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7/29/16

Global Economy: Economic Recession in 2017 -

Next year, we will see a recession.

I’m calling it.

Why? Well … there are just too many events unfolding this year that will set the stage for a recession, including a corporate earnings recession, a growth-stunting Brexit vote and a U.S. presidential election unlike any we have ever experienced.

Any one of these events could be the direct catalyst for next year’s recession, or it could be one of the many other reasons not listed.

While I can’t predict the exact catalyst for the event, I do know that I’m not the only one expecting the worst.

In fact, according to a recent report, companies are preparing for a recession as well … and you should be doing the same.

In the latest durable goods advance estimate for June, orders tumbled 4% versus expectations of a 1.7% decline. Durable goods orders represent orders for products that last typically for at least three years, like appliances, office equipment, motor vehicles and turbines.

Earlier this month, I explained how declining durable goods orders mean that the Federal Reserve’s hands are tied, and that interest rates are not going higher by any meaningful degree for at least another decade.

This remains true, but you also have to be prepared for the inevitable — a recession.

Your takeaway here is simple: Prepare for a recession-like investment environment.

That means you want to own safe-haven stocks — think gold-related stocks, utilities or telecommunication companies, bonds and even some blue-chip stocks.

But the main thing you want to consider, if you haven’t already, is to find a strategy for profiting from declining stocks.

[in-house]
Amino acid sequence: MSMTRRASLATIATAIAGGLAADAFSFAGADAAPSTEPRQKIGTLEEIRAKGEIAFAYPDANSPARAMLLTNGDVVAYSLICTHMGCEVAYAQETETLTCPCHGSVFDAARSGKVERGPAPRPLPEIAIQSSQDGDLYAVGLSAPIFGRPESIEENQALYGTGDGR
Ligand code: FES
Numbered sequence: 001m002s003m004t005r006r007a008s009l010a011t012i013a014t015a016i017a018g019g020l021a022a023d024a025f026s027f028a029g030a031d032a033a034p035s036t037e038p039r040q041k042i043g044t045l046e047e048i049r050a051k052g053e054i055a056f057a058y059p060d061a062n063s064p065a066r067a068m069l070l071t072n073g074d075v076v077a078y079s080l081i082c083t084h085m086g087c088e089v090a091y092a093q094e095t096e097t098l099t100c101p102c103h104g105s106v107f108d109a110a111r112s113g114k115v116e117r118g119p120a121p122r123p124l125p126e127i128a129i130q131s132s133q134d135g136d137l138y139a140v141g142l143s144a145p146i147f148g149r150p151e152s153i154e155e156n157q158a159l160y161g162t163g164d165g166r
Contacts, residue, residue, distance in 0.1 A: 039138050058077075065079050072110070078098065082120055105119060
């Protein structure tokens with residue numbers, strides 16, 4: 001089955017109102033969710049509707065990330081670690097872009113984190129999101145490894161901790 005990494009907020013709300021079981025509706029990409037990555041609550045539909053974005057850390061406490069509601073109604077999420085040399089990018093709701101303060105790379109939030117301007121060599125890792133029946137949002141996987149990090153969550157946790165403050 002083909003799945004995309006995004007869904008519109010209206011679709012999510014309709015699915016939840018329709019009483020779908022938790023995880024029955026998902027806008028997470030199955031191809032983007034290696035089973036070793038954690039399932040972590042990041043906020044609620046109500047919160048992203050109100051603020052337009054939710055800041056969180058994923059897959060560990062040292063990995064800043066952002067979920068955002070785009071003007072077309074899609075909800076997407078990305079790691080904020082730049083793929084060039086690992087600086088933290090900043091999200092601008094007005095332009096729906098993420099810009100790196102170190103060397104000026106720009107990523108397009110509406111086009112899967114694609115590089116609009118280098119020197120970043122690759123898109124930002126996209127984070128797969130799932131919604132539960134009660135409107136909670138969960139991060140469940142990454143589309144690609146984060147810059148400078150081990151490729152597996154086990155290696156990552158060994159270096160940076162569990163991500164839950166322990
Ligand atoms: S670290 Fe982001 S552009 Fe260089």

Depending on how you manage your money, this can be easy to do. If you are managing your own portfolio, a long-term put option on the SPDR S&P 500 ETF (NYSE Arca: SPY) (expiration in 2018 would be ideal) is a simple way to profit from a recession and decline in stocks.

If, instead, you have an adviser who manages your portfolio, tell them you want more bearish exposure, assuming you have little at the moment. It’s your money, and they will listen and help you prepare for the imminent recession.

They should be able to put your investment in some simple bear funds that benefit from a market fall, or they might also consider buying an inverse ETF that returns the opposite of the underlying equity.
Just keep in mind that these positions are used as protection to hedge your portfolio from a crash.

The further we get into 2017 without the expected stock market crash, tilt your portfolio more and more to positions that will rise when the crash hits.

A crash is coming. It’s just a matter of when, not if.

Read more: conomic Recession in 2017 - ValueWalk

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